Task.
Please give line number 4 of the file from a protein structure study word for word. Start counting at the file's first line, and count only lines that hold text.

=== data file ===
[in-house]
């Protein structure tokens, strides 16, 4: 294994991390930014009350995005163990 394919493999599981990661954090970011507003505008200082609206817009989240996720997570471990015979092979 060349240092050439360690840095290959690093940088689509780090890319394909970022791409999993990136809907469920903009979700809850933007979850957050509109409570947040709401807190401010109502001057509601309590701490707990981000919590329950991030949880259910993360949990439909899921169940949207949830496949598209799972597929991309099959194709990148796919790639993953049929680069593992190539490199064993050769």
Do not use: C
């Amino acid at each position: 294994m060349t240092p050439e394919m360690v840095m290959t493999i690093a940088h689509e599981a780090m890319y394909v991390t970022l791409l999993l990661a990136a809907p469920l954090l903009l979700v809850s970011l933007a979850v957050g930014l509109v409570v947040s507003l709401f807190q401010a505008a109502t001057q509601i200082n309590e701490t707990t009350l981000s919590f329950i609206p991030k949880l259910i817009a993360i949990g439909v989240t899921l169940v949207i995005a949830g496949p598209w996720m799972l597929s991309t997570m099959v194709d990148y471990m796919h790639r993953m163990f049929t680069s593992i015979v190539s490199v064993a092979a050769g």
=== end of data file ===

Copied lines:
């Amino acid at each position: 294994m060349t240092p050439e394919m360690v840095m290959t493999i690093a940088h689509e599981a780090m890319y394909v991390t970022l791409l999993l990661a990136a809907p469920l954090l903009l979700v809850s970011l933007a979850v957050g930014l509109v409570v947040s507003l709401f807190q401010a505008a109502t001057q509601i200082n309590e701490t707990t009350l981000s919590f329950i609206p991030k949880l259910i817009a993360i949990g439909v989240t899921l169940v949207i995005a949830g496949p598209w996720m799972l597929s991309t997570m099959v194709d990148y471990m796919h790639r993953m163990f049929t680069s593992i015979v190539s490199v064993a092979a050769g």